When Monozygotic Twins Are Not Identical: Phenotype Discordance in Twins with Congenital Adrenal Hyperplasia

Presentation Number: LB SUN 50
Date of Presentation: April 2nd, 2017

Kathryn Foley*1, Michelle Kluge2 and Evan Graber1
1Nemours/AI Dupont Hospital for Children, Wilmington, DE, 2Mayo Clinic, Rochester, MN

Abstract

Introduction:

Congenital adrenal hyperplasia (CAH) is most commonly caused by 21-hydroxylase deficiency due to biallelic mutations in the CYP21A2 gene. There are three clinical forms (salt-wasting, simple-virilizing and non-classical) which represent varying degrees of enzymatic deficiency. Reports have shown genotype to be a reasonable predictor of phenotype. Our case demonstrates the phenotypic variability of genetically identical twins due to apparent somatic mosaicism.

Clinical Case: 7-day-old female presented with elevated 17OHP (86.4 ng/mL, n <30) on newborn screen. Serum studies were consistent with salt-wasting CAH: 17OHP 7840 ng/dL (<630), Na 131 mEq/L (133-145), K 9.7 mEq/L (3.6-5.2). She was started on hydrocortisone and fludrocortisone with resolution of hyperkalemia and gradual improvement of 17OHP. Physical examination revealed hyperpigmentation of the labia majora, a urogenital sinus, and no clitoromegaly. Her sister had negative newborn screen, normal electrolytes, and normal serum 17OHP on numerous occasions. She had a urogenital sinus on physical examination.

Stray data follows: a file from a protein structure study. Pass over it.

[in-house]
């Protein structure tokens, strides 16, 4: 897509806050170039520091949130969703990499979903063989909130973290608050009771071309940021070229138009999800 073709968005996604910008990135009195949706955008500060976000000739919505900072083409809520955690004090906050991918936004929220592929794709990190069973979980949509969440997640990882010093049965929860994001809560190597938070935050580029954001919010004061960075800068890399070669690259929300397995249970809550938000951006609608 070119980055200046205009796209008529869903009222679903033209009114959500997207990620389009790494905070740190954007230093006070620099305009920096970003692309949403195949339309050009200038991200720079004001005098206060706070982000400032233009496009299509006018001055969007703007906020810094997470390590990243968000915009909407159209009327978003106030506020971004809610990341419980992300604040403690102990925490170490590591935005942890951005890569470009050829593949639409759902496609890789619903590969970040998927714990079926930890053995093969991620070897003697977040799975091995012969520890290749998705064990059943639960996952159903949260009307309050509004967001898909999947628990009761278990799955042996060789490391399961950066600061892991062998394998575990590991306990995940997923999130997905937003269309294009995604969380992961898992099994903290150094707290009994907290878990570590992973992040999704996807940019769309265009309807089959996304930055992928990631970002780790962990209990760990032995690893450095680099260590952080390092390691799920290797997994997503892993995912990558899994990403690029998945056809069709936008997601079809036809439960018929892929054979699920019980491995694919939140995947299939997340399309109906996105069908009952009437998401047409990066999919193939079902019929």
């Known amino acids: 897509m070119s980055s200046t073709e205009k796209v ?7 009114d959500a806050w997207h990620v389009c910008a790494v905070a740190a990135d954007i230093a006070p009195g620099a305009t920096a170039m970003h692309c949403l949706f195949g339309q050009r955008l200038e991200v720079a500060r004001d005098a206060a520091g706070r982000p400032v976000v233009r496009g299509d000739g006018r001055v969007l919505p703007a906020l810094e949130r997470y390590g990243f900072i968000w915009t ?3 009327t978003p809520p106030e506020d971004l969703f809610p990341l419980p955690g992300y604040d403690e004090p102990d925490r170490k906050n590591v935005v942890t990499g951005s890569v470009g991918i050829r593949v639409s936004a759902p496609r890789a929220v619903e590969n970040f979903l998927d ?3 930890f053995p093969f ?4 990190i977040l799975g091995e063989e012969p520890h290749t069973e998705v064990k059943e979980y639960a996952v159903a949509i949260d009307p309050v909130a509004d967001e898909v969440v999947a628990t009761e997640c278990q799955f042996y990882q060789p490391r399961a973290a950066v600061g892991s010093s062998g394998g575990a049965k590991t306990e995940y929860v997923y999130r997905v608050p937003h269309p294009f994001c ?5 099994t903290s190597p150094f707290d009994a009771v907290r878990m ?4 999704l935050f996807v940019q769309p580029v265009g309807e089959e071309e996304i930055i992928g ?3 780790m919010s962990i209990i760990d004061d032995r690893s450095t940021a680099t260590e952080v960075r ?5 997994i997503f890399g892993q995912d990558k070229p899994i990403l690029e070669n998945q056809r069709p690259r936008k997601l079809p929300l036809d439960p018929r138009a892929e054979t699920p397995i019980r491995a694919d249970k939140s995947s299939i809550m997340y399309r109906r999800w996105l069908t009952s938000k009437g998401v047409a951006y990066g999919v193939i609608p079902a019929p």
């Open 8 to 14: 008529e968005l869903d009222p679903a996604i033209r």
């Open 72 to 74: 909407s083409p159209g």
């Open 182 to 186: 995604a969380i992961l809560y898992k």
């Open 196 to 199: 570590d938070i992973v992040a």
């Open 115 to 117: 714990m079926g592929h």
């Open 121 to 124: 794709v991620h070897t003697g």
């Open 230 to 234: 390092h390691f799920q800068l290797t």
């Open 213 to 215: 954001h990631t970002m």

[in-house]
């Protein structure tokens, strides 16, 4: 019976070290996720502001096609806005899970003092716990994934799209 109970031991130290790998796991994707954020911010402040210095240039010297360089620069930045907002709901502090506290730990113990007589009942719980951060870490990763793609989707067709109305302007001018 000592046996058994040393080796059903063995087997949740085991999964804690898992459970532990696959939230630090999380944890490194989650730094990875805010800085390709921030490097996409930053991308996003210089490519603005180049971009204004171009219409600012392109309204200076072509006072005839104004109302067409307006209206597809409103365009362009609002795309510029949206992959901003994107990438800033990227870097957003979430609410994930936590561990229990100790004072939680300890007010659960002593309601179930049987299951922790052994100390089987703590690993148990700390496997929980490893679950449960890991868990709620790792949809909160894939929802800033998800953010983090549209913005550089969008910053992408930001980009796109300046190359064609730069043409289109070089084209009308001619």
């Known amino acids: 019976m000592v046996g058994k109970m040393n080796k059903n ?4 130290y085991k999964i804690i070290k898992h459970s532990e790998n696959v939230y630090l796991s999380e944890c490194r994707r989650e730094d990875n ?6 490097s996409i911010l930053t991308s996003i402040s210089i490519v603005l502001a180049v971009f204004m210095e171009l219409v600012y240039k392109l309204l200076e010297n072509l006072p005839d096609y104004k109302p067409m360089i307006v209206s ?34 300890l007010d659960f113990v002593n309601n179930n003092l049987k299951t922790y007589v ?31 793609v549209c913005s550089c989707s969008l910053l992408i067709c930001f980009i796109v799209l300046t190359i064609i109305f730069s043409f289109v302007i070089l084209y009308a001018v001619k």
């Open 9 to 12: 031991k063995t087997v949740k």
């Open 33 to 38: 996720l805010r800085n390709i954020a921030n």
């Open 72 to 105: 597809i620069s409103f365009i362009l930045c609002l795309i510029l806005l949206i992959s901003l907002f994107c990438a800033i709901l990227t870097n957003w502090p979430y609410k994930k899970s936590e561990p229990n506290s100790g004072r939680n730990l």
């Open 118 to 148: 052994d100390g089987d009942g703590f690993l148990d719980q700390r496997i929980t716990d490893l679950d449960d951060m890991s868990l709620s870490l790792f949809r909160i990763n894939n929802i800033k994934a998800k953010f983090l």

The patients were reported to be monochorionic, diamniotic twins. Zygosity testing confirmed that the twins were monozygotic. Genetic testing for CYP21A2 mutations using mini-sequencing revealed that both twins were heterozygous for the Int2G mutation. CYP21A2 full gene sequencing by Sanger followed by multiplex ligation-dependent probe amplification (MLPA) of blood samples from both patients and their parents revealed that the patients are apparently mosaic for two different genotypes: Cell line 1: Int2G and a wildtype copy of the CYP21A2 gene, Cell line 2: Int2G and a CYP21A1P/CYP21A2 hybrid. The hybrid most commonly results from the 30 kb deletion mutation commonly seen in CAH. The mother’s analysis revealed heterozygosity for the Int2G mutation. Father’s analysis revealed no evidence of disease-causing mutations. The first cell line is associated with CAH carrier status. The most common phenotype associated with the second cell line is salt-wasting CAH, though a minority of cases of simple-virilizing CAH has been reported (1).

Since both twins were mosaic for these two cell lines, the deletion of the paternal CYP21A2 gene most likely occurred during postzygotic cell division, but prior to twinning. The differing phenotypes are most likely due to either the amount of each cell line present in each twin or the cell line that gave rise to critical tissue (such as the adrenal glands) in each twin.

Conclusion: This is the first reported case of monozygotic twins presenting with discordant CAH phenotypes due to somatic mosaicsm. This case reinforces genotype-phenotype variability seen in CAH and demonstrates the importance of full gene analysis follow-up when targeted testing does not demonstrate genotype-phenotype concordance. The importance of family studies is also highlighted by this case.

 

Nothing to Disclose: KF, MK, EG